Self-Care After Pregnancy Loss and Finding Resilience

By Jody Mullen

Self-Care Tips to Help You Heal (Image Source: Shutterstock)

Pregnancy loss: It’s one of those things no one seems to want to talk about. Although as many as fifty percent of pregnancies end in miscarriage (the loss of a pregnancy prior to twenty weeks gestation), we’re still reluctant to speak openly about it. Women (and their partners) may feel afraid or ashamed to talk about their pain for a variety of reasons. They may feel it’s too personal to share with others, or they may blame themselves. I’m here to tell you that losing your pregnancy was not your fault and that you are not alone in your grief. Let’s first talk a little more about what pregnancy loss is and why it happens. Then I’ll give you some easy self-care tips to help you heal, both physically and emotionally.

What Is Miscarriage?

Miscarriage is defined as the death of an unborn baby prior to twenty weeks gestational age (or about halfway through a full-term pregnancy). The majority of miscarriages happen in the first twelve weeks of pregnancy, sometimes before a woman is even aware that she is pregnant. Because an early miscarriage can seem like a normal menstrual period, it’s possible to be unaware that you are experiencing one. If you have confirmed that you’re definitely pregnant and begin spotting or bleeding, try not to panic. Some women experience light spotting throughout their pregnancies and go on to deliver healthy babies.

What Causes a Miscarriage │ HCA West Florida

If this is your first pregnancy or the first time you’ve experienced any bleeding while pregnant, it’s important that you check in with your care provider. In a similar vein, if you have any reason to believe you could be miscarrying, like sudden, sharp cramps, it’s smart to reach out. Your doctor, nurse practitioner, or midwife won’t think you’re silly or overly cautious for making a quick call to check-in. It’s always better to play it safe.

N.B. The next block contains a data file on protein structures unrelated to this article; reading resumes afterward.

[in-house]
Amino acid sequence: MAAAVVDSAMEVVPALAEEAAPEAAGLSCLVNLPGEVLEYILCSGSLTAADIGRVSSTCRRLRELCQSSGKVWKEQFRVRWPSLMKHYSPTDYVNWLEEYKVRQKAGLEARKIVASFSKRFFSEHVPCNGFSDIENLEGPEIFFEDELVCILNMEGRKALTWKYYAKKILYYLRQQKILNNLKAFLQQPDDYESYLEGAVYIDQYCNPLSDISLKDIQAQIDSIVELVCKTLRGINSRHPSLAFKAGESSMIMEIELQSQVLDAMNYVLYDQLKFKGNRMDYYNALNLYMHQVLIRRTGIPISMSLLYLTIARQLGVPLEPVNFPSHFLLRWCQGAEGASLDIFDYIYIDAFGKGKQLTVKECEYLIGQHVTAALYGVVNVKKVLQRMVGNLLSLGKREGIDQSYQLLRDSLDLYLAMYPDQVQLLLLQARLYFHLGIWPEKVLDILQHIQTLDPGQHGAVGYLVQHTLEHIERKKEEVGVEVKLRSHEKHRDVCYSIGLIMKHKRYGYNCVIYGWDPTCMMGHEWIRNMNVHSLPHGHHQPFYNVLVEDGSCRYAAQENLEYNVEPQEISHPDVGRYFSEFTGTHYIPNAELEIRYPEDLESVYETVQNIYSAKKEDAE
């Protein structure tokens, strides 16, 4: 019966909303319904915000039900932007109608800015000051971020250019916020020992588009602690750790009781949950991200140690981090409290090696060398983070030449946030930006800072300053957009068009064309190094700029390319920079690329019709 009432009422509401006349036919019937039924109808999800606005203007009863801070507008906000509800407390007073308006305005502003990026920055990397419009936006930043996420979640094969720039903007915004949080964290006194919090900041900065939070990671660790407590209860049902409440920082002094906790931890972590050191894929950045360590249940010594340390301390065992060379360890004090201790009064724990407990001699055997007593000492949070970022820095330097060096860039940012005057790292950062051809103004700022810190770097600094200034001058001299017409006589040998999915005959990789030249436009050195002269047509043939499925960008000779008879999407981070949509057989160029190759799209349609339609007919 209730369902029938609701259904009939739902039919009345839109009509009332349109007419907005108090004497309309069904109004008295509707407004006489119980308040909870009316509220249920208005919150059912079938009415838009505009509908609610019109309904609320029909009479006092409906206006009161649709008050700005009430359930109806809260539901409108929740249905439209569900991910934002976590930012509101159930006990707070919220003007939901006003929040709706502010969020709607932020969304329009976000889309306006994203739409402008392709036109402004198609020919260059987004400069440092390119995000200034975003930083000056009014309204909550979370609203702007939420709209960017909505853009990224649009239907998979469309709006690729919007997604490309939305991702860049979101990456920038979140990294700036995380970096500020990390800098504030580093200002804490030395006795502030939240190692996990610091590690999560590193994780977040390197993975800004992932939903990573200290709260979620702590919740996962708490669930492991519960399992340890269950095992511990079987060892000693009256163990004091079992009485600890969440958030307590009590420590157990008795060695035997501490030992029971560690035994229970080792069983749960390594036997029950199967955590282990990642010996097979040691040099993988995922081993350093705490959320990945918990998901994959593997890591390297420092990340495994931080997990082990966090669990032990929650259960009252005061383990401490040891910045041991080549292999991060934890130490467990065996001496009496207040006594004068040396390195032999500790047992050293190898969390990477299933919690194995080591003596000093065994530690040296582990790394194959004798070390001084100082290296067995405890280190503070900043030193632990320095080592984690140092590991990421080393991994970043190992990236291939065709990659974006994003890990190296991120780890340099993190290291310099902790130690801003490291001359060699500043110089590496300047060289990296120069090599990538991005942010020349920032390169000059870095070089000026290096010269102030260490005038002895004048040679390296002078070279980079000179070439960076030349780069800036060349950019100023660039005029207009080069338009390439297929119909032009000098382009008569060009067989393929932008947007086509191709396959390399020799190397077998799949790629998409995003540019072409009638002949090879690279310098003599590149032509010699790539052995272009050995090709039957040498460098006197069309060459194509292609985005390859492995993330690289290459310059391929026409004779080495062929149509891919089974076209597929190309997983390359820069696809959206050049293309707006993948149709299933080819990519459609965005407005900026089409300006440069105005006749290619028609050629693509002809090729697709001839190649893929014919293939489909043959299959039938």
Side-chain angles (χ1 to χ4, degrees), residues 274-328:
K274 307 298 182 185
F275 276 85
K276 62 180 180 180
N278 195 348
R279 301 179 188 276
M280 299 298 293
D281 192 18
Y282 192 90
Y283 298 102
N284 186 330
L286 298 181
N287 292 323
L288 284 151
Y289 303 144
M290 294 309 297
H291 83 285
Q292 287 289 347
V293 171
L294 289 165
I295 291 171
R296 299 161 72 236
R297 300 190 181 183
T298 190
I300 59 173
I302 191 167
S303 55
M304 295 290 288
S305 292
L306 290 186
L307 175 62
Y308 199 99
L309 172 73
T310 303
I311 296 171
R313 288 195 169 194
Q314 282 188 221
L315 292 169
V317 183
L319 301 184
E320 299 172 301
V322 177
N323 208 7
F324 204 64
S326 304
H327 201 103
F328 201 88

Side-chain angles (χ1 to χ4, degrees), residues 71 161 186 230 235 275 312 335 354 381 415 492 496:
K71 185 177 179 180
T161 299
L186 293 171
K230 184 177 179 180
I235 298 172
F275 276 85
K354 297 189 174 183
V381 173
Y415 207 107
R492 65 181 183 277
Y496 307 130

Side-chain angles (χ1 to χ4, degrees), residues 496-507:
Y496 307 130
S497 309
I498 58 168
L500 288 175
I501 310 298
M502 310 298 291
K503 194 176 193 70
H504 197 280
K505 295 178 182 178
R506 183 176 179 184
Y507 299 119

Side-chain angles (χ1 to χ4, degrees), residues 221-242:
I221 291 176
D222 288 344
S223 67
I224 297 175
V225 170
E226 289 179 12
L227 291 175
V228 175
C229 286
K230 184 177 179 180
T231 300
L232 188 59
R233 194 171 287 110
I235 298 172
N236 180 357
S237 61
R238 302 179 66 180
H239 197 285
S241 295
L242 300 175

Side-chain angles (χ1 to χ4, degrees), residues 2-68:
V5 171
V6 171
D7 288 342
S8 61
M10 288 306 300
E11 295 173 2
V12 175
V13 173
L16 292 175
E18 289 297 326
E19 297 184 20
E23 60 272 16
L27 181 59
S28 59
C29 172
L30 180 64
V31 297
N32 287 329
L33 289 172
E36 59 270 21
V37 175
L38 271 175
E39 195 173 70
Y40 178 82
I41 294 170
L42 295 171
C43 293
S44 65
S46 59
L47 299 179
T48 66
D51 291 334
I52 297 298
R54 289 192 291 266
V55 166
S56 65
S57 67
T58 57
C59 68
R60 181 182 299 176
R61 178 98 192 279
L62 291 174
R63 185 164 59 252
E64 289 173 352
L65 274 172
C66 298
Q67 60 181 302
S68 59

What Causes Miscarriage?

As someone who has been down this road, I want to preface this section by saying that, if you have experienced miscarriage, you are not at fault. Many women blame themselves and feel a terrible sense of guilt following pregnancy loss. For example, they may ask themselves, “What did I eat? Did I exercise too much? I shouldn’t have worked so hard.” You should know from the get-go that most miscarriages are not preventable.

Miscarriage can happen for a variety of reasons. In most cases, it’s because the developing fetus had a severe problem, like a chromosomal abnormality. You didn’t do anything to cause your unborn baby to have an issue — it’s just something that happens (very frequently) in human reproduction. You could also miscarry a pregnancy due to a hormonal imbalance, a problem with your cervix or uterus, or an undiagnosed issue, like antiphospholipid syndrome. For some problems, it’s possible to work with a maternal-fetal specialist, who can help you carry to term and deliver a happy and healthy baby.

Miscarriage Can Happen for a Variety of Reasons. (Image Source: Shutterstock)

While you can’t eliminate your risk of miscarriage, you can take certain steps to help minimize it, like keeping any serious conditions, like diabetes or thyroid disease, under control. Your OB/GYN can refer you to a specialist if you need help staying well during pregnancy. You can also make smart choices, like avoiding alcohol, tobacco, and recreational drug use while you’re pregnant.

While you’re at it, should you quit coffee cold turkey? After all, isn’t caffeine bad for you when you’re growing a small person? Not so fast — if you enjoy your morning cup of joe, most doctors agree that you can safely consume about 200 mg of caffeine per day. So if you drank a cup or two of coffee or a soda while you were expecting and lost the pregnancy, please don’t blame yourself.